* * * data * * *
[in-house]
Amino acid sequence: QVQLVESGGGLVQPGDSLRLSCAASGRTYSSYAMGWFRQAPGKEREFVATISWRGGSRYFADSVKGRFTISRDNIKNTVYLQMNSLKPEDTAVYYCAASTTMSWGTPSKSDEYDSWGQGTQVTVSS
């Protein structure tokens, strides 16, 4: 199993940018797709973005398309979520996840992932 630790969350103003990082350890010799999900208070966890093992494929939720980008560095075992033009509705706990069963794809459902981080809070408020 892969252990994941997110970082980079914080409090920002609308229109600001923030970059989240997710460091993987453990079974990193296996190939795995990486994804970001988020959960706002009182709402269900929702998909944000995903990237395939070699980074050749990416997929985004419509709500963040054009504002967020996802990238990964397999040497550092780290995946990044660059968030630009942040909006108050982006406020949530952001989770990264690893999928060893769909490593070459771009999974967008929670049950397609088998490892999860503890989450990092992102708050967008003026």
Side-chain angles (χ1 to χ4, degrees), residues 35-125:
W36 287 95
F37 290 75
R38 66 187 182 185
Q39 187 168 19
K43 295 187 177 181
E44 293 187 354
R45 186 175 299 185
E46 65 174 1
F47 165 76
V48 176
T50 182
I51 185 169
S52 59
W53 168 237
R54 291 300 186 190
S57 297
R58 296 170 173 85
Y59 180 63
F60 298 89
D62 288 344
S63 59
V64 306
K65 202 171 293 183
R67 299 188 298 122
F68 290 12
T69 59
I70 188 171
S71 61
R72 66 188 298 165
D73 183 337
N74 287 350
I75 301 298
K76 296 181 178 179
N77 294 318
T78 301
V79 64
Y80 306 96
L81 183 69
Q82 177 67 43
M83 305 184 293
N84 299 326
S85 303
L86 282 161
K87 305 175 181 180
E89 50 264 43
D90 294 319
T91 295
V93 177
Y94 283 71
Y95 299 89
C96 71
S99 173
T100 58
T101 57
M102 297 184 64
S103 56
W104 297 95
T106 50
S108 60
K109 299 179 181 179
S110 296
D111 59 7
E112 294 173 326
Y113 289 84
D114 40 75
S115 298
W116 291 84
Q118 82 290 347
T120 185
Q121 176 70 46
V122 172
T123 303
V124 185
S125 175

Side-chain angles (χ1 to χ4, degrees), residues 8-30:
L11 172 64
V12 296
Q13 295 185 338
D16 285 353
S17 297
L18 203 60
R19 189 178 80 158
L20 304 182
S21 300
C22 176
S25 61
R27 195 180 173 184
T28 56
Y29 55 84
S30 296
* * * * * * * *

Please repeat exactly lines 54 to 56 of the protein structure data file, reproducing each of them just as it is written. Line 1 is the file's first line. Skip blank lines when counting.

Y95 299 89
C96 71
S99 173